Wednesday, September 24, 2014

Let Me Call You Sweetheart

Friday night getting ready for Saturday inspection
Camp Claiborn, LA
Walt, Corporal Nelson, Jackson 7/01/1940

I am fortunate, profoundly blessed. One of my greatest gifts is that my father is still living. In a few weeks, he will reach 100 years of age.

Some time ago my father, a champion newspaper reader (Duluth Harold, Star Tribune, and St. Paul Pioneer Press), told me: I only want good news.

Hmmm. I thought. Okay. (Though he did say, when asked, that he wanted to be kept abreast of news in the family.)

Last night I called him, reminding him of his comment: I only want good news. He laughed. I told him I had good news for him.
First I had good medical test results, which prompted my call.

Secondly, I told him that he is well received on Twitter, that some Followers are happy to see a man just days from turning 100, out on a walk with his walking stick, determined to get there.

He couldn't get over it. Really, he said?

I said Really.

Then I told him that someone has already booked a flight from Japan to be there on his birthday, Nov 11.

Erik? He asked mentioning my son.

I said, Yes.

Well, you tell him I'm as anxious to see him.

I will.

Then we talked about my mother who flew up (as I say) nearly 15 years ago next February 19. From time to time I tell the true story which happened to me five years after my mother died.

It was the wee hours of the morn. I was between sleep and wakefulness. Then I heard it: my mother's voice. An electric current went through my body, my reaction to this joy. She only said my nickname, but a name she used endearingly for me. Yet it was as if she read War and Peace to me, so resoundingly was it my mother's voice.

As I always say to my father. This was my mother's way of saying - I'm just somewhere else. And why am I so sure? It was my mother's birthday, May 10th.

For someone not too far from the thought of heaven's gate, it is a caressing story--which, of course, is why I keep telling it to him. I am lifted everytime I do.

Then we sign off with the promise of forehead kisses and hugs.

Have a good sleep I say, which is a direct quote of my mother's.

Each phone call is a treasured moment reminding me of what a lucky girl I am.

Thursday, September 11, 2014

Syria and the Dalai Lama

At the Unsung Heroes of Compassion Event
in San Francisco 

When I come back, I will come back as bee.

One of the highlights of my life was seeing the 14th Dalai Lama at the Nobel Peace Forum in Minneapolis this year. I was so excited. I even took a taxi, so I'd simplify my arrival and departure. 

With but a few first words from his lips, he became, he was, a merry presence, wise and dear. The audience fell in love, or renewed a love they carried with them. Light, whimsical, amused with his life and a love of honey,...he said...when I come back, I come back--as BEE. 

I've read some of the writings of this wise and meditative man. His thoughts have stayed with me.

Three years ago, I grew increasing alarmed over all the deaths and suffering in Syria. I felt we had to do something, but I knew not what. The toll grew and my anguish grew with it. Why wasn't the world, why weren't we, the United States, somehow saving these citizens of Syria, under the leadership of the unmerciful Bashad al-Assad?

But I have read the words of the Dalai Lama on revenge and counter-attacks. After 9/11, for example, he reflected that one can attack and return blow for blow. But it will produce consequences unforeseen. Events will play out quite differently than one envisions no matter how noble the motives.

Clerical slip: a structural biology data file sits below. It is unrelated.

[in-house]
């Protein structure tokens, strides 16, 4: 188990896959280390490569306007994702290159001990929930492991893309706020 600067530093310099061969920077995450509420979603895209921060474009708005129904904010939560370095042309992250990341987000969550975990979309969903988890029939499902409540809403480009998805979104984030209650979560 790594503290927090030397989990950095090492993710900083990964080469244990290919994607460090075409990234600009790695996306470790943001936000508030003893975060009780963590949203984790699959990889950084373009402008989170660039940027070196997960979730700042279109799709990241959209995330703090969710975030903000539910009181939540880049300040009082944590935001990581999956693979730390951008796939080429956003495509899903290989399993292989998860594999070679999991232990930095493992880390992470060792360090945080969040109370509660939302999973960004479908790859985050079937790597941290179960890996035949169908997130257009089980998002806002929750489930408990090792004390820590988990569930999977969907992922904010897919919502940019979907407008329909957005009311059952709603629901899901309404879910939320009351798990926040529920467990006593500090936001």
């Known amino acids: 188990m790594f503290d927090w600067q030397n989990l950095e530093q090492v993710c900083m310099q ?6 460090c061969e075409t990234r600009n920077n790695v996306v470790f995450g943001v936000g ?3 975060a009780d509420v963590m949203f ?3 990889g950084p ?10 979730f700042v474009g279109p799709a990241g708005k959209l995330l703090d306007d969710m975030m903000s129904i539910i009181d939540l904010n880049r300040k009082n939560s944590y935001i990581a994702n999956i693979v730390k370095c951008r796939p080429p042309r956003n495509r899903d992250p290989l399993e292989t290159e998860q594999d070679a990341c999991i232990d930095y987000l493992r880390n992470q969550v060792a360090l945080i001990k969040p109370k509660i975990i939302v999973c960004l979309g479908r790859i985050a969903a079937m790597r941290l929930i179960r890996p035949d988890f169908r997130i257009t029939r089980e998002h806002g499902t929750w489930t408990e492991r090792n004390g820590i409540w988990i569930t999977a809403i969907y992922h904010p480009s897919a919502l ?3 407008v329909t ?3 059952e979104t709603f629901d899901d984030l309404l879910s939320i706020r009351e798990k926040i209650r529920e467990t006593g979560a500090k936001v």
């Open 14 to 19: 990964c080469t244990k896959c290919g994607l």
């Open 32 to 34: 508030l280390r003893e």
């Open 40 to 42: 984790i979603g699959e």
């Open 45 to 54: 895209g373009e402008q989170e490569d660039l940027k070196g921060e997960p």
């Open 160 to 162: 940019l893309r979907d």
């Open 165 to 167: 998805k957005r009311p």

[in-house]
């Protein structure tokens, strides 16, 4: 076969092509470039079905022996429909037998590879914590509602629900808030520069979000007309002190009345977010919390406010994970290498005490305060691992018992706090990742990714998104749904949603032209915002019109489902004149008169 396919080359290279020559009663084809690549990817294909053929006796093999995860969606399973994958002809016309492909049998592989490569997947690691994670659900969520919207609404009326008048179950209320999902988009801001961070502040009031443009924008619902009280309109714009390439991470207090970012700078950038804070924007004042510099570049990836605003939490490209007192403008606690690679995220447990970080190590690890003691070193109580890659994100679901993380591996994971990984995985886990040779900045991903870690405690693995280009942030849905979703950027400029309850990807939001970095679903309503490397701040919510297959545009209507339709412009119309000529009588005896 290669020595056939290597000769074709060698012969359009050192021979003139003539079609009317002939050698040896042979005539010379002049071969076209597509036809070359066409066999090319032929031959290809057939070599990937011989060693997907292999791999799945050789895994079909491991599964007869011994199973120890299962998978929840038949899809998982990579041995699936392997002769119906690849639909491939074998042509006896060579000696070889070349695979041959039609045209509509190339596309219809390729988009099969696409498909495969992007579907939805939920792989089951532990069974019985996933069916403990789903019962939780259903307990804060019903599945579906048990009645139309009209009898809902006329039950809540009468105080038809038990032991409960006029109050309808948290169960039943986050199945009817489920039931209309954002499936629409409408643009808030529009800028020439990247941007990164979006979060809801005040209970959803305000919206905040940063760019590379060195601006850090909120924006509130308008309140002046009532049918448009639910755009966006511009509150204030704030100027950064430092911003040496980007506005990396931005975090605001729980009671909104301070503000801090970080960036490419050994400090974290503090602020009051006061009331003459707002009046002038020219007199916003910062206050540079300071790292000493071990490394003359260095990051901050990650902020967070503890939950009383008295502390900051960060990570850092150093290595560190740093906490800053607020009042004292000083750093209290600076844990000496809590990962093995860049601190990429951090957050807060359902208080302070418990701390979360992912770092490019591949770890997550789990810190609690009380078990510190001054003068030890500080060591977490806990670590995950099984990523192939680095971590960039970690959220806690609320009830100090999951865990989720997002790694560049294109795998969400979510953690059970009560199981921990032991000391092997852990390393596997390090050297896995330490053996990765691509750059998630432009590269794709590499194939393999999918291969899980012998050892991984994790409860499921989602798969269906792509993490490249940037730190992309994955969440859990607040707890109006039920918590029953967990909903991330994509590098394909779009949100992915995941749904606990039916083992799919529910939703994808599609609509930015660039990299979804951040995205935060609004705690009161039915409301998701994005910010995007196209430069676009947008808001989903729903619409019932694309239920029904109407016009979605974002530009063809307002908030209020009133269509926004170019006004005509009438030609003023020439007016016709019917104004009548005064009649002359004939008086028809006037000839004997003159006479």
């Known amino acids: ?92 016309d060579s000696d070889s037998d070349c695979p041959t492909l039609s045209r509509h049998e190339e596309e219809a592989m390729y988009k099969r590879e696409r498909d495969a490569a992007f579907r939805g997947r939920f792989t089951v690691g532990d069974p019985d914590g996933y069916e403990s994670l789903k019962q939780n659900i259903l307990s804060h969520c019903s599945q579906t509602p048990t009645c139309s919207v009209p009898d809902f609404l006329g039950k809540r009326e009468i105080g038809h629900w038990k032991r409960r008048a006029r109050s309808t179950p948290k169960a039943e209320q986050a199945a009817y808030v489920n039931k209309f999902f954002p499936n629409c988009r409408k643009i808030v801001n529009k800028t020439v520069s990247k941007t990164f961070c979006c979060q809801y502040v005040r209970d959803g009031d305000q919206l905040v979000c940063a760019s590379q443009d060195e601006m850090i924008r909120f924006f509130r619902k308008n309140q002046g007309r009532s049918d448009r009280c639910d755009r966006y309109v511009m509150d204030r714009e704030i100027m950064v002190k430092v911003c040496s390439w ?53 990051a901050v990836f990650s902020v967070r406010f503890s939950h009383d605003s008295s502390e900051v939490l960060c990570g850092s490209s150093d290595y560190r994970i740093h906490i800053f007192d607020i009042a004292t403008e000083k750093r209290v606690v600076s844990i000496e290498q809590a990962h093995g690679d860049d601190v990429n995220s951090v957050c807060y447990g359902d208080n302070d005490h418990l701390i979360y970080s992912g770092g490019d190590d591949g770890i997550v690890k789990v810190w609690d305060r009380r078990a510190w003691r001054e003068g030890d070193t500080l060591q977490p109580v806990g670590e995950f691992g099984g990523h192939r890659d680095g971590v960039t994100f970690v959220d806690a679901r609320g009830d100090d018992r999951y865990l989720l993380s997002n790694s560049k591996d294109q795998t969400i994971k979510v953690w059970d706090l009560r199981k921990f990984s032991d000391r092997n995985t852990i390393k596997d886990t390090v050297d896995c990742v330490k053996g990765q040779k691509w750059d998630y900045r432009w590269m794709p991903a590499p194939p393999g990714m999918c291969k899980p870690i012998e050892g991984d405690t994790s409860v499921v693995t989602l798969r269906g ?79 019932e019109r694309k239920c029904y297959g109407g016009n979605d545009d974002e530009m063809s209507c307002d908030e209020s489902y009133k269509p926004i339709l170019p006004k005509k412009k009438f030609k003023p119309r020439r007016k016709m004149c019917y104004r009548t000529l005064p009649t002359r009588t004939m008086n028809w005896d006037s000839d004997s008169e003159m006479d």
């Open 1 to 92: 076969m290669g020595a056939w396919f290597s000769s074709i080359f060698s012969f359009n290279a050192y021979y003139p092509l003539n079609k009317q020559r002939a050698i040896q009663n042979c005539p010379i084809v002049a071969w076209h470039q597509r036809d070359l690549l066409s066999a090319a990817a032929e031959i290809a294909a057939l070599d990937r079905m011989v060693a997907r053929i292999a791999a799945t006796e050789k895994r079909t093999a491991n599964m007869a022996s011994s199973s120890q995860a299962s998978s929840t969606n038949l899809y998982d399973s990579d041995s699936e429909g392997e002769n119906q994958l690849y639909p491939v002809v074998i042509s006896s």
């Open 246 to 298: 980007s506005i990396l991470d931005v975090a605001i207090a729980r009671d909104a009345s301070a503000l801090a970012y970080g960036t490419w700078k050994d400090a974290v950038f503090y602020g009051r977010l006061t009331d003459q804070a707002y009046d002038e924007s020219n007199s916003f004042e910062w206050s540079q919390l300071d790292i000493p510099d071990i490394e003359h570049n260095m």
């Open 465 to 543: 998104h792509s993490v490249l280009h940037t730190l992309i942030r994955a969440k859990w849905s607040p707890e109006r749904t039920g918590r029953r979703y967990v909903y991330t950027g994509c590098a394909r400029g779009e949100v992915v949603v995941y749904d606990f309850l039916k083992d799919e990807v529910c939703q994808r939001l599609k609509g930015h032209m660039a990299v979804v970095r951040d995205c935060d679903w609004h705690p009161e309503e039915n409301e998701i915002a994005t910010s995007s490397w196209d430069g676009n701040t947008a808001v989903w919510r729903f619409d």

With thoughtful reflection which is the soul of his being he says, yes, one can fight back. When we have suffered the loss of life we want to strike back. As one listens you hear: in his softness is his strength.

Can we say the goals of Iraq served us well or served anyone well: the loss of American lives, civilian lives, or the immorality of lies and half-truths? How perfect it was promised to be: Hailed as liberators.

The philosophy of Buddhists and the Dalai Lama is in this the parable of The Three Questions told by Tolstoy. The questions being:

What is the most important time?
Who is the most important person?
What is the most important thing?

The most important time is now; the most important person is the one we're with; and the most important thing is the good we can do.

Wherever the Dalai Lama goes, I believe he is asked the same questions I heard at the Peace Forum in Minneapolis. What can we do to prevent the violence, death, and destruction in the world?

"Begin with yourself," he answers.
We must model what we wish for--in Syria, in Iraq, the Ukraine, and Ferguson, Missouri.

James Foley, the first American in recent days to be killed so horrifically in front of a
stunned world, had been making a difference in Syria. He purchased an ambulance for one of Aleppo's hospitals to assist the wounded. He answered all of Tolstoy's questions with a vehicle for saving lives.

It seems we turn to war when we have yet to exhaust the tools for peace.

Now we are catapulted forward by the deaths of our journalists, but not in a way many journalists would want. Foreign correspondent Richard Engel spoke on MSNBC that he wouldn't want his death to impact American foreign policy.

And now here we are. We are going to do something in Syria. But is it the right something?

Have we exhausted peace in our rush for war?

I should be happy; we are going to act. But I am uneasy.
Congress wants assurances or a bigger war effort. But I don't think I want war at all.

The Dalai Lama used the word "bully" in his talk on the world & violence.
And Pema Chodron has written Don't Bite the Hook.
Somehow I feel we have already swallowed it.

Let's pray in all the world's religions, yet also--work for peace. We have it in us.